- lily of the valley - all of the plant
- daffodil/narcissus - stems but especially the bulbs. These are being mistaken for onions in supermarkets and now have to be labelled, ’Poison do not eat’.
- lilies - the pollen on the stamens can kill cats.Cats do not eat them but brush against the flower and ingest the pollen when grooming. Remove stamens.
- deadly nightshade
Different parts of plants can be poisonous. Rhubarb which we grow and make puddings from, is a good example of a Dr Jekyll and Mr. Hyde. Its stems are edible but the leaves are very toxic and can be used to poison rats. There are many more and I would recommend reading Poisonous Plants, by Elizabeth A Dauncey.
One of my favourite plants is Granny's Nightcap, aconitum. Other common names for this flower are Monk's Hood, Helmet Flower, Doves in the Ark, Chariot and Horses, Venus Chariot and Granny's Bonnet. These names were derived from the shape of the flower. The petals form a large helmet shaped head. Their statuesque beauty, often mistaken for delphinium, are wonderful in the late summer border. There are numerous varieties giving a range of pale to dark blue colours.
All parts of this plant are poisonous, in particular the roots which have been mistaken for turnips or horseradish. In classical times it was used as a convenient poison for removing unwanted relatives. It was considered a low class poison, the nobility preferring hemlock.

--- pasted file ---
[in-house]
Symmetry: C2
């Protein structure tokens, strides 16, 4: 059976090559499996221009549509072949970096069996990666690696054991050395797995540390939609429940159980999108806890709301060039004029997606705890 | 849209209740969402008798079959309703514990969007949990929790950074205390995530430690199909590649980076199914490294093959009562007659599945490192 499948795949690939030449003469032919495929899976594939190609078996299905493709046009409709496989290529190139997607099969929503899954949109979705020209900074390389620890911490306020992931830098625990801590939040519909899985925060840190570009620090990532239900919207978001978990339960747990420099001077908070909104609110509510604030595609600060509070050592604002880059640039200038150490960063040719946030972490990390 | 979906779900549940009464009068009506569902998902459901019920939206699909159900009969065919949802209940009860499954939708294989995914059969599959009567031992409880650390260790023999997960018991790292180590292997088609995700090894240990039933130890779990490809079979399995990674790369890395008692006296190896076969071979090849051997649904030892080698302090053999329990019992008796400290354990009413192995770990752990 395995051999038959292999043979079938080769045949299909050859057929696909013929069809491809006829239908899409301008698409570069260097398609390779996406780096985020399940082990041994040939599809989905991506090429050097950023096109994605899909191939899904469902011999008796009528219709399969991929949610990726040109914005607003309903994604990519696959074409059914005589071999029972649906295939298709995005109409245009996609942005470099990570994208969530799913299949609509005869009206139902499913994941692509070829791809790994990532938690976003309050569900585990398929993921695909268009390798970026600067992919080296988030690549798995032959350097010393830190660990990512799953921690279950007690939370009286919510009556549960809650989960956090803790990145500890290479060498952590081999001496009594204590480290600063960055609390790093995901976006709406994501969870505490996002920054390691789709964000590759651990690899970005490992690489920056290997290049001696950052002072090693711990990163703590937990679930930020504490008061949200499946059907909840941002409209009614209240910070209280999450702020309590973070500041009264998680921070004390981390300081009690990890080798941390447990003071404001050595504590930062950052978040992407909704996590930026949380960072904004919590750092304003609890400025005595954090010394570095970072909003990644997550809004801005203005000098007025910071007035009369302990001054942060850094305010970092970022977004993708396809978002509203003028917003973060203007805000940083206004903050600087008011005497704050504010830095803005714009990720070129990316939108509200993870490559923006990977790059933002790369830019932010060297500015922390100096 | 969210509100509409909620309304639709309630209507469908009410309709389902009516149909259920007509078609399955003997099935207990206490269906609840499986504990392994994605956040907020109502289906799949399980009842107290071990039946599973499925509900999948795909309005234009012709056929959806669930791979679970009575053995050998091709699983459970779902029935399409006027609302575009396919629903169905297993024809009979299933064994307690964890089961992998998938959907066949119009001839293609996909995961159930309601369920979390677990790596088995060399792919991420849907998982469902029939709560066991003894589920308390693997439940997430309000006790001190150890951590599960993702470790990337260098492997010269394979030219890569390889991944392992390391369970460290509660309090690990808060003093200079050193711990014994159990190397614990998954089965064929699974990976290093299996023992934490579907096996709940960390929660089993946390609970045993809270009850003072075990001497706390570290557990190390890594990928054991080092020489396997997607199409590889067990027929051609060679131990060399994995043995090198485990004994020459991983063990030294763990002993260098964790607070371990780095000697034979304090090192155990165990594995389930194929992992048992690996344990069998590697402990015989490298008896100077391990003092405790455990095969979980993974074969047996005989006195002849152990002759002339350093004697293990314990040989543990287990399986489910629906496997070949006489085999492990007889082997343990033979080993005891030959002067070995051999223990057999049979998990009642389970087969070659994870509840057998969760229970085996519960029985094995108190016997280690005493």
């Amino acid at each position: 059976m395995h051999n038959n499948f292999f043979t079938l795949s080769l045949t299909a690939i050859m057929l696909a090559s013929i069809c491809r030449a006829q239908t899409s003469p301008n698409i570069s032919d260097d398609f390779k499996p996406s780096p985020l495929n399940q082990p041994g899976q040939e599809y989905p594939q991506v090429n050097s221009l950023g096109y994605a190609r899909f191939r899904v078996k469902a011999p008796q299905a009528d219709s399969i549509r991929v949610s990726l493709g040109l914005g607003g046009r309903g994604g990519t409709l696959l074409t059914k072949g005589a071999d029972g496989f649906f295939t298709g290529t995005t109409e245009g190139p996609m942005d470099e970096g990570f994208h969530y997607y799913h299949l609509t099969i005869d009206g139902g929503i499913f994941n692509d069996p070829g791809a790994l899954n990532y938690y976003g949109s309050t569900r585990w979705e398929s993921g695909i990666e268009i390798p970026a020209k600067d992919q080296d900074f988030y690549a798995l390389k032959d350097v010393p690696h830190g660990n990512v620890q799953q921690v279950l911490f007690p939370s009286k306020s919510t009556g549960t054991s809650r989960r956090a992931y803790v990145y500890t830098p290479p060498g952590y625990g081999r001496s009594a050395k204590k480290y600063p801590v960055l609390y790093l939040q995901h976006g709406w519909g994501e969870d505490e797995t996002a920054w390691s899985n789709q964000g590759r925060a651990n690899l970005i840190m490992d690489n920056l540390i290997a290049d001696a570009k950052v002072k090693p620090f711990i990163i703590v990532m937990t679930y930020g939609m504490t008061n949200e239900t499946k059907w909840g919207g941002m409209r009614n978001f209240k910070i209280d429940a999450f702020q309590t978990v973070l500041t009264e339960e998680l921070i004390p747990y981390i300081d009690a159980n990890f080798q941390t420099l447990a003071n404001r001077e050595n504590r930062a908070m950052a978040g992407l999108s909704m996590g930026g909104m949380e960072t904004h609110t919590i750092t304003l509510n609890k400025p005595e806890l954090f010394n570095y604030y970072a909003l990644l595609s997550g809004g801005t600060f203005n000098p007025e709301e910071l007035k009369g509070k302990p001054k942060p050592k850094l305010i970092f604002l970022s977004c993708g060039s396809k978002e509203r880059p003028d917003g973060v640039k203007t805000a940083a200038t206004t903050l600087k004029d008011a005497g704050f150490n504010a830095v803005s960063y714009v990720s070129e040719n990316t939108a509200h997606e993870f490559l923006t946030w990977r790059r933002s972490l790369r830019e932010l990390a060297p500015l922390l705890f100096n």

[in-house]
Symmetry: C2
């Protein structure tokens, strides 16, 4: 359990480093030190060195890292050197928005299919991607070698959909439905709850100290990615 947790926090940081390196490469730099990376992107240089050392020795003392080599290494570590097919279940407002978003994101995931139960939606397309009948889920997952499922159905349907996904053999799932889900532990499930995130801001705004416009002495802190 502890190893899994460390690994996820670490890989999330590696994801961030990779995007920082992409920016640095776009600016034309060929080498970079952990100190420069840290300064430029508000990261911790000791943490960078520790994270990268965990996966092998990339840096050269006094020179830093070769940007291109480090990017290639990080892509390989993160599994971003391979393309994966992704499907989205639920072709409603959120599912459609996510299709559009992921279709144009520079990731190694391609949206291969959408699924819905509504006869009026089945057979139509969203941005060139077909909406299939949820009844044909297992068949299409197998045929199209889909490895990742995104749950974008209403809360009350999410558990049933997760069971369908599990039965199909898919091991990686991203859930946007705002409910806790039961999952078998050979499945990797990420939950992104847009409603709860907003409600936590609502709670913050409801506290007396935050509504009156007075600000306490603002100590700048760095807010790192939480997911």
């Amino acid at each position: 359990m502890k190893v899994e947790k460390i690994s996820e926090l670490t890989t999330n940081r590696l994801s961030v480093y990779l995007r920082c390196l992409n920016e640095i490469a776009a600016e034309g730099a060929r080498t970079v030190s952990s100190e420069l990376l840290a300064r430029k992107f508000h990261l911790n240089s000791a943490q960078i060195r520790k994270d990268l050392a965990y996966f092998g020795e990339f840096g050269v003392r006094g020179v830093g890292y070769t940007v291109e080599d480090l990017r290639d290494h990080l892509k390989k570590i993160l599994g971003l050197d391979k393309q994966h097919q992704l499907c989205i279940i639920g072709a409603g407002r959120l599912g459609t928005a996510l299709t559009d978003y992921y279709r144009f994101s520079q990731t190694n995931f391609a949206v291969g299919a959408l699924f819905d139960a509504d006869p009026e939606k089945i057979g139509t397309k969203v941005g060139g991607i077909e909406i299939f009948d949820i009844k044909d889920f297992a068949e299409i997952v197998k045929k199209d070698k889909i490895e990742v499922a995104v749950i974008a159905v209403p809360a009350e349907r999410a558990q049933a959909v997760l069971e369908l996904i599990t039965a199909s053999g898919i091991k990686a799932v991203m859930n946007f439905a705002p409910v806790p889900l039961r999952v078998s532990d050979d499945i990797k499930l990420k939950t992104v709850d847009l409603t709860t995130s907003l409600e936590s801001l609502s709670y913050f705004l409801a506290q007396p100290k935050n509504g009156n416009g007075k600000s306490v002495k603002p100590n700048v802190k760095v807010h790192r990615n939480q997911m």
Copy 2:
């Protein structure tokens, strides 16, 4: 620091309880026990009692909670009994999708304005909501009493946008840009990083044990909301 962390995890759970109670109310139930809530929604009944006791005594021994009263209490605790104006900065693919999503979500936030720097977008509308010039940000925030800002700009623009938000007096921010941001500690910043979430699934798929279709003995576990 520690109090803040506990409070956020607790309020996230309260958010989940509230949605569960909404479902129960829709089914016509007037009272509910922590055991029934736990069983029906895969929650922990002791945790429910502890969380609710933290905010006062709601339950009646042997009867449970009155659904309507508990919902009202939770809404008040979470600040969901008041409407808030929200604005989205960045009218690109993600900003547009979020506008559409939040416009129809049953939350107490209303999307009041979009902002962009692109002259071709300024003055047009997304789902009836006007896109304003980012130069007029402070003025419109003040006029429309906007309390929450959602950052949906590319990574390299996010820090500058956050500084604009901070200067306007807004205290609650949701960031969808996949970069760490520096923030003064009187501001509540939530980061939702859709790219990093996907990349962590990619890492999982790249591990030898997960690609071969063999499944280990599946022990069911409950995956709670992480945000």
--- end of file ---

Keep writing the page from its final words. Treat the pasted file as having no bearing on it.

Aconitum has also been used as a poison in modern times. A notorious case was that of George Henry Lampson, who murdered his brother in law. More bed time reading if you want to know how!
Aconitum will grow in a shady area that does not get too dry. I would not recommend it in a garden frequented by children. It is a flower often used in mixed bunch bouquets and hands should be washed thoroughly after touching it. I do not think that Granny's Nightcap is a nice name for such a poisonous but beautiful plant.
Please carry on gardening. Check what is lurking in your borders and be careful.